Facebook's £7.25bn share sale moved a step closer yesterday after an 'investor roadshow' kicked off in the US.
The roadshow is aimed at drumming up interest ahead of the year's biggest Wall Street technology initial public offering (IPO). Facebook's IPO is the most-watched business deal of the year.
The company is hoping to raise £7.25bn by selling around 12% of its shares - if it comes off it will value the online social networking site at a staggering £58bn.
It's good news for employees at Facebook in Dublin, where around one in three of the 400 staff hold company shares.
Individual Irish staff are in line to earn six-figure windfalls when the social networking site goes ahead with plans to sell shares, if they opt to cash out of share options and profit-sharing securities known as 'restricted stock units'. The Facebook deal is being seen as a bellwether for the financial sector as well as media and technology industries.
Many fear an overvaluation of Facebook could herald the start of a dangerously unsustainable second 'tech bubble'.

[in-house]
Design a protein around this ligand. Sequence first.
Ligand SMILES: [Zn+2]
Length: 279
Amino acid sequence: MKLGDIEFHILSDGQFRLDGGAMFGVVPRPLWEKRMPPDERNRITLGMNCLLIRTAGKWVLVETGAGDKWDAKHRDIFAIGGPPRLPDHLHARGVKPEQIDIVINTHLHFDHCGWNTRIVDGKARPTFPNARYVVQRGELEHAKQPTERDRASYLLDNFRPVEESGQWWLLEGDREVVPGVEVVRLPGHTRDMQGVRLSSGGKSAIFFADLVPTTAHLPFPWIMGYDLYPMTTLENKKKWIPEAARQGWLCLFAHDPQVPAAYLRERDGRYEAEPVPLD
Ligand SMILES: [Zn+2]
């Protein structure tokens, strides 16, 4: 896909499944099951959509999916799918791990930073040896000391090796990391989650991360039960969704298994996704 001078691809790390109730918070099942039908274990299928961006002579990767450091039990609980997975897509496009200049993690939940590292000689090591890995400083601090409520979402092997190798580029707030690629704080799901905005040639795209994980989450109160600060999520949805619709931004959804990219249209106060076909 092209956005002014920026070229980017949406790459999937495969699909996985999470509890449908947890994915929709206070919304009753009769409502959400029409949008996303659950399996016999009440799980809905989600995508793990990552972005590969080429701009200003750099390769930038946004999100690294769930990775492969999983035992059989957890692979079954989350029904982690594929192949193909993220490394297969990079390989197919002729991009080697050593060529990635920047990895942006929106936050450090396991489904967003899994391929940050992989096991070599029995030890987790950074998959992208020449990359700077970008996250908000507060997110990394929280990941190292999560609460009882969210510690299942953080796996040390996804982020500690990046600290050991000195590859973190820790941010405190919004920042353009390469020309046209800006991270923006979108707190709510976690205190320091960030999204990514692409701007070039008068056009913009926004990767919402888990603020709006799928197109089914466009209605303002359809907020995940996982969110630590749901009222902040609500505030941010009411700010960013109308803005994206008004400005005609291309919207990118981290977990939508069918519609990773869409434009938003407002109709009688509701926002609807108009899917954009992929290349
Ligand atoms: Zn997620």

Despite such fears, Facebook has been given its first 'buy' recommendation from stock analysts, who suggest share prices could rise by around 50% from even a toppy valuation. The 'buy' recommendation has been made by US broker Wedbush Securities, which set a target price of $44 (£27) each for the stock.
In an upbeat assessment, analyst Michael Pachter rated the shares 'outperform', the equivalent of recommending that clients buy the shares. That is unusual before a company has even floated on the stock market.
The target price Wedbush set is well over the $28 to $35 per share range currently being guided for the IPO, but the analysts warn it may take years for the shares to reach their full potential.
Facebook's earnings potential may not be realised until the middle of this decade as chief executive officer Mark Zuckerberg focuses on the user experience, Mr Pachter said.
Last week Facebook filed papers saying it plans to raise $11.8bn (£7.25bn) from an IPO by offering about 337.4m shares for $28 to $35 each.
Facebook itself is offering 180m of the shares, while existing owners such as Accel Partners and Digital Sky Technologies are offering 157.4m shares, according to the filing.
Mr Zuckerberg is offering to sell 30.2m of his 533.8m shares.
Even that fraction is enough to make him a fabulously wealthy man, although the US tax system will actually take the lion's share of proceeds from his sale.
That's because Mr Zuckerberg faces an 85% tax bill of around €700m on the money he's set to reap from the sale - just a fraction of his Facebook internet empire.
Back in the Republic the Revenue Commissioners will be entitled to just 30% of the Irish employees' windfalls, based on capital gains on the difference between what Irish employees pay for the shares and the price that they eventually actually sell them at.